Thursday, September 8, 2022

Musings on Purpose

What is your purpose for practicing?

Why is this question important? Because whether you are conscious of it or not, your purpose determines how you approach your practice and ultimately your purpose determines the type of skill and level of skill you attain. Let's consider some different purposes for practice.

Pursue a Curiosity
People who learn because they heard about it and want to give it a try. The purpose here is to explore something new for the sake of its novelty; maybe, to add a "I did that" to the list of life's experiences. 

Social Interaction
People who learn to be able to interact or connect with others. The purpose here is primarily social interaction with apparently like-minded individuals.

People who learn to be part of a group or club or a community; a connection with a particular population.

Cultural Connection
People who learn to be able to understand a facet of the source culture.

People who learn to shape or find self-esteem or pride in their effort. Achieving the desired level of skill will bring delight in their identity as a student, teacher, or master. The practice becomes like a label; I am a student/teacher/practitioner of ______.

People who learn because doing so will improve some aspect of their life. For example, practice to improve health.

People who learn because doing so will provide a financial benefit or some type of career opportunity.

People who learn just enough and practice at a level that gives them something to do in their spare time.

People who learn because they have a deep-seated desire to achieve the highest level; their personal best. They want to rise above merely being an expert technician and truly enter the realm of the artist. They do whatever it takes for as long as it takes to master the art.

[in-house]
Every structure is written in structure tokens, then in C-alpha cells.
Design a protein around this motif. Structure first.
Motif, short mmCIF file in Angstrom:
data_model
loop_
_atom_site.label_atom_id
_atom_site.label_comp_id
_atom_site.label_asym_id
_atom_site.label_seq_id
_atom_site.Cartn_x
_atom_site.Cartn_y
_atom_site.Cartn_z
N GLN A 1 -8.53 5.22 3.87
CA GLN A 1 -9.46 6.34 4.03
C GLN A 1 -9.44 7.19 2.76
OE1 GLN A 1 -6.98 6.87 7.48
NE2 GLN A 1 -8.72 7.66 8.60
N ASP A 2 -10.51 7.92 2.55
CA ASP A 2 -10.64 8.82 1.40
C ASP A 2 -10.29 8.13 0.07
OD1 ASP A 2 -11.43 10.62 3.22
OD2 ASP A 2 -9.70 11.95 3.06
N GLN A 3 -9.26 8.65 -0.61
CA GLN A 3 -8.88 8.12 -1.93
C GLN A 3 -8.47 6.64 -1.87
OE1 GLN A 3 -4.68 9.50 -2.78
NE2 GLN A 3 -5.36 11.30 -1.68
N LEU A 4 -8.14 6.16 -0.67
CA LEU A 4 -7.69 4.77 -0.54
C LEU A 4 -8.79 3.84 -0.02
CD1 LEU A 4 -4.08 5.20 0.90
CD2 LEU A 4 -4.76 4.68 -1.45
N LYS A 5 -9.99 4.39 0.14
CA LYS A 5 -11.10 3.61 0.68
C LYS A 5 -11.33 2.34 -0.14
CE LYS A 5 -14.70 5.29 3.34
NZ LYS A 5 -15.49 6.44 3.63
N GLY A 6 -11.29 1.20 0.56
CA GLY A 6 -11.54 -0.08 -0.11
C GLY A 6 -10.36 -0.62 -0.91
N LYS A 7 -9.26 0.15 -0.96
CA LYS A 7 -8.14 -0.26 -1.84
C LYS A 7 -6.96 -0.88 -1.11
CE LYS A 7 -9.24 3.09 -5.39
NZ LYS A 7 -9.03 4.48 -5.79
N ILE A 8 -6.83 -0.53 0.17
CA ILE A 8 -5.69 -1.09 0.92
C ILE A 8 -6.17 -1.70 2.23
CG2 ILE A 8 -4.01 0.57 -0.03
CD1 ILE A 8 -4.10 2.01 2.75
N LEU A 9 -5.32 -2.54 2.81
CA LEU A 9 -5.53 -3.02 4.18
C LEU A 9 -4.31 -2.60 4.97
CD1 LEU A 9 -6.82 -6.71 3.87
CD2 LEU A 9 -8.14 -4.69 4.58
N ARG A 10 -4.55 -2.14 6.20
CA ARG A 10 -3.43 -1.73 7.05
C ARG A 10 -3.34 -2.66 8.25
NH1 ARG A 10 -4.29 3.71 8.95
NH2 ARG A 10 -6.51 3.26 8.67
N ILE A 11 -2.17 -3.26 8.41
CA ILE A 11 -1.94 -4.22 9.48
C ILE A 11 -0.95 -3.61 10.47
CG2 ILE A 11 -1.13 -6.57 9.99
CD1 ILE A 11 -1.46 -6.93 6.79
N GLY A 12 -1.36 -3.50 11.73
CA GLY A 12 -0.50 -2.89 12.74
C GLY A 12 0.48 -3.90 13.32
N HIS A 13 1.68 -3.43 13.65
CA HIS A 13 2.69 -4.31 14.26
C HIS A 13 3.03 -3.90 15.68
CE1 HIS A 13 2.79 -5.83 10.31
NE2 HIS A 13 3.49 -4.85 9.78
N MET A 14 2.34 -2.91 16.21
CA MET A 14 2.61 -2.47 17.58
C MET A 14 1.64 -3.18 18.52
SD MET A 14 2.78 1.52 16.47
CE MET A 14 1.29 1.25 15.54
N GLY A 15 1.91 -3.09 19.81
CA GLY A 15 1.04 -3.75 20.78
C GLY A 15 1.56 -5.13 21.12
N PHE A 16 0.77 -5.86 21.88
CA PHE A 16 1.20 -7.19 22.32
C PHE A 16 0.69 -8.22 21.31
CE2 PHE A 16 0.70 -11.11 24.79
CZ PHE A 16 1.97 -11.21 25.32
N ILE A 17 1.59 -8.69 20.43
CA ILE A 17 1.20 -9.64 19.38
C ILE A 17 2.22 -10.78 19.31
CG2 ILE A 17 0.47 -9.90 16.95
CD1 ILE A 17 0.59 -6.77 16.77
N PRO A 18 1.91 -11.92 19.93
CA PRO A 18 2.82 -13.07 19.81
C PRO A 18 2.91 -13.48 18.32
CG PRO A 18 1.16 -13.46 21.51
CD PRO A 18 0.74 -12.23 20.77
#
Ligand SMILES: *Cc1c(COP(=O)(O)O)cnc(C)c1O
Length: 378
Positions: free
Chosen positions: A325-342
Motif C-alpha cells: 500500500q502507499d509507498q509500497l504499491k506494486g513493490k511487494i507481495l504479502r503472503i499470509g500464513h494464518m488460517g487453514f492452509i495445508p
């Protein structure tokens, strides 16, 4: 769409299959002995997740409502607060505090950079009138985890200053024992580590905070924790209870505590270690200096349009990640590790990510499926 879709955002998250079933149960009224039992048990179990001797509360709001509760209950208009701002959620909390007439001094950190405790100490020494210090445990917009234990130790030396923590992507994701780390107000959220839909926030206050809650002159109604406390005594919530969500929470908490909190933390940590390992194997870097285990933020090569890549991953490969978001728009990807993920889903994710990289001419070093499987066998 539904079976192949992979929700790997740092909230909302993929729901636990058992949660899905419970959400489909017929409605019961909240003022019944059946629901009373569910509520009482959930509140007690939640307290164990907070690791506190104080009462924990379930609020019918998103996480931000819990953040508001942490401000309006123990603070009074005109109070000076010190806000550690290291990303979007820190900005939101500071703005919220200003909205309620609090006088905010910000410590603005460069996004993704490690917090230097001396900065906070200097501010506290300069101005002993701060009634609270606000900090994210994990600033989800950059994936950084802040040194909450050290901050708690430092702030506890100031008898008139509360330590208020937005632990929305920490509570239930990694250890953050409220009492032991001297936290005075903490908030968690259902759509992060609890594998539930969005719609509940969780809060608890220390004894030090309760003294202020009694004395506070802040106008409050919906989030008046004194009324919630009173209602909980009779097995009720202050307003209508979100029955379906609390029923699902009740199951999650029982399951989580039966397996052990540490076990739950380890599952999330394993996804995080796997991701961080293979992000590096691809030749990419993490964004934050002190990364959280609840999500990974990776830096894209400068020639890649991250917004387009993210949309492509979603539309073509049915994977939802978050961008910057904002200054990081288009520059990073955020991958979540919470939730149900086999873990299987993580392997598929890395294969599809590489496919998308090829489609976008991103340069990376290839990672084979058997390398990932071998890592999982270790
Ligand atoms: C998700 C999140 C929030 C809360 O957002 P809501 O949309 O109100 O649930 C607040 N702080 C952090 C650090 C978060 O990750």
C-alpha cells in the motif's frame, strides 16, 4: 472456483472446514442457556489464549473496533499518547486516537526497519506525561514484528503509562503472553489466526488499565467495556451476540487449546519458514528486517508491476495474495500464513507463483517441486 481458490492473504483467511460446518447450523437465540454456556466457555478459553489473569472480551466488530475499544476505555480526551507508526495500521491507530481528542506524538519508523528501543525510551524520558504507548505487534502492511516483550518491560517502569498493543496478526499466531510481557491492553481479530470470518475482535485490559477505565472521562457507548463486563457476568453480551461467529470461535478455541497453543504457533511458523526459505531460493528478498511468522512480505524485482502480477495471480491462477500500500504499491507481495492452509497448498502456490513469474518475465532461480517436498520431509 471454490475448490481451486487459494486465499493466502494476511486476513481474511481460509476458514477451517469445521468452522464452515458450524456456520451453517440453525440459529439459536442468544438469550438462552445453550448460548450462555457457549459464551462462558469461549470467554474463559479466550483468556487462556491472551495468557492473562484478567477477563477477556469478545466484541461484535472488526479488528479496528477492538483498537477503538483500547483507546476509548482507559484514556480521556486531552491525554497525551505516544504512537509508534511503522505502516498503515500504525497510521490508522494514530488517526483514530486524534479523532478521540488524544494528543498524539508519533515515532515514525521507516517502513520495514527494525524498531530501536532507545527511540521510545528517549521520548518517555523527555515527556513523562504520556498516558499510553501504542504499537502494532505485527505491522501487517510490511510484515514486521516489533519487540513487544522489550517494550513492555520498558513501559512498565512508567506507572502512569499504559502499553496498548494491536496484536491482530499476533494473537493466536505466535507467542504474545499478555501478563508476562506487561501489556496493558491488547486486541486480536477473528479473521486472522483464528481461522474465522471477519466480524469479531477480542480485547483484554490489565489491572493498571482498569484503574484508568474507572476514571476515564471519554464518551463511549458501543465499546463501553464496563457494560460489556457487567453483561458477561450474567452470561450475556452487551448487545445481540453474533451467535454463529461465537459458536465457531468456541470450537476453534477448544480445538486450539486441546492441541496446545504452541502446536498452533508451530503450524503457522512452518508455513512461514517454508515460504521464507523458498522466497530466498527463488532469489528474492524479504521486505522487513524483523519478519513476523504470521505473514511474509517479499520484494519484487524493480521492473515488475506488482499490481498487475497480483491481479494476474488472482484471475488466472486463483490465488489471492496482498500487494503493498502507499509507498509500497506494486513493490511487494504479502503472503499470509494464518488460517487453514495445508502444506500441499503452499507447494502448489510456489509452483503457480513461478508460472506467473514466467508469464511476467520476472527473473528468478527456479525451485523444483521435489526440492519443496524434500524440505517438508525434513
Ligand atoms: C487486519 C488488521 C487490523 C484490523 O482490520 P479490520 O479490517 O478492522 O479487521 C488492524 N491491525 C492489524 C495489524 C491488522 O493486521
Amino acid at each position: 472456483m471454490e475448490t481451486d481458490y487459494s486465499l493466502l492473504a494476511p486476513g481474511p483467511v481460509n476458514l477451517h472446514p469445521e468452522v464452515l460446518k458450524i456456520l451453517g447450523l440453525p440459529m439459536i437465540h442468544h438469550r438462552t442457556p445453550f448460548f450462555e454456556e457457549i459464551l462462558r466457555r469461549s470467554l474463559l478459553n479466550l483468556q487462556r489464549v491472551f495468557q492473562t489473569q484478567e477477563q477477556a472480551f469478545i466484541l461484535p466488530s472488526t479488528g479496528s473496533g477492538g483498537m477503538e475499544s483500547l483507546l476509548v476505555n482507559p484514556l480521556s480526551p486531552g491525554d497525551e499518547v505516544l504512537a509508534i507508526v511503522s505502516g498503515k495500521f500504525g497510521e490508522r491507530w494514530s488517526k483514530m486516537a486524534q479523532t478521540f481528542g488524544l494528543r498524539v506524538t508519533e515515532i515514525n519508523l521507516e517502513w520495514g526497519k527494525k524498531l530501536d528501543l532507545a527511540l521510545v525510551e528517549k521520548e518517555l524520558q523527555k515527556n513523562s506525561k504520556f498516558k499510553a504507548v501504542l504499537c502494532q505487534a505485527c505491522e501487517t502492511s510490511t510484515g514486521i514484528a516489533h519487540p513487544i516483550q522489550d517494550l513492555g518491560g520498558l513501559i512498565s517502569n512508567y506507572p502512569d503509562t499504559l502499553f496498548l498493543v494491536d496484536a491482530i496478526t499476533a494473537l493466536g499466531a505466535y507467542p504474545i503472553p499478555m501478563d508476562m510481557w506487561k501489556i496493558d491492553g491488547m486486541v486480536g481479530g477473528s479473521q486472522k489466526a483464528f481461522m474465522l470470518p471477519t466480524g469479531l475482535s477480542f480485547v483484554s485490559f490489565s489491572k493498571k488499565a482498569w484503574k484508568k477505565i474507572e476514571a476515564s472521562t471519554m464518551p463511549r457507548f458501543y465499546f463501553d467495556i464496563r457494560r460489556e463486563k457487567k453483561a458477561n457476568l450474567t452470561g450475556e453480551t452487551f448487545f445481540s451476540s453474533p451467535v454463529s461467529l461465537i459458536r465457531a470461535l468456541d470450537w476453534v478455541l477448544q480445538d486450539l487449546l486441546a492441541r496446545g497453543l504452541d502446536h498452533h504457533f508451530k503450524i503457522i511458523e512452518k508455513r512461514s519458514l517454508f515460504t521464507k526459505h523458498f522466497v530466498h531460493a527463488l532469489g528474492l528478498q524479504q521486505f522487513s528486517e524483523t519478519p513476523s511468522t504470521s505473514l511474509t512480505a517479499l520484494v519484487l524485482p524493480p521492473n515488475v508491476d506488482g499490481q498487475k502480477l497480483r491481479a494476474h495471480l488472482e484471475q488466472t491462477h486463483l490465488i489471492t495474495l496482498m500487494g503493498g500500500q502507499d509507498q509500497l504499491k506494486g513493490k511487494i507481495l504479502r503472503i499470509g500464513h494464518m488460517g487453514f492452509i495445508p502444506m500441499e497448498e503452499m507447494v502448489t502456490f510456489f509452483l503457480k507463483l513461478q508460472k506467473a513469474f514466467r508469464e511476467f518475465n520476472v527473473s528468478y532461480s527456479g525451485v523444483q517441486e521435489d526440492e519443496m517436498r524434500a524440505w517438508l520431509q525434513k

People who learn because they have no choice. For example, children who either imitate or are taught by their practitioner parent. The child has no purpose to learn but learns anyway.


While each of these has been described as an independent entity, there may be overlap between them. There may be a primary, secondary, tertiary purpose. There may be other purposes not mentioned here.

And your purpose may change over time. For example, in my case I began with a curiosity. I then discovered I enjoyed the social interaction and belonging to a group. I then discovered an identity, and through this, I was introduced to other teachers and groups who practiced at a deeper/higher level. As I gained experience and understanding, I came to discern how my purpose influences my practice; how my unconscious purpose can keep me stuck (not congruent with my verbalized purpose), or spur me on to further development.

My purpose in sharing this insight is to inspire a moment of self-reflection. Can you look at your practice and see yourself having one (or more) of these purposes? Is your stated purpose congruent with your unconscious purpose? Are you being true to yourself and to others? Or are you fooling yourself and others by saying you want to achieve a higher level than you really want?

For an analysis of how purpose fits into a broader philosophy of practice, see my A Functional Understanding of Ti-Yong for Martial Arts and Wujifa .

Happy practicing everyone!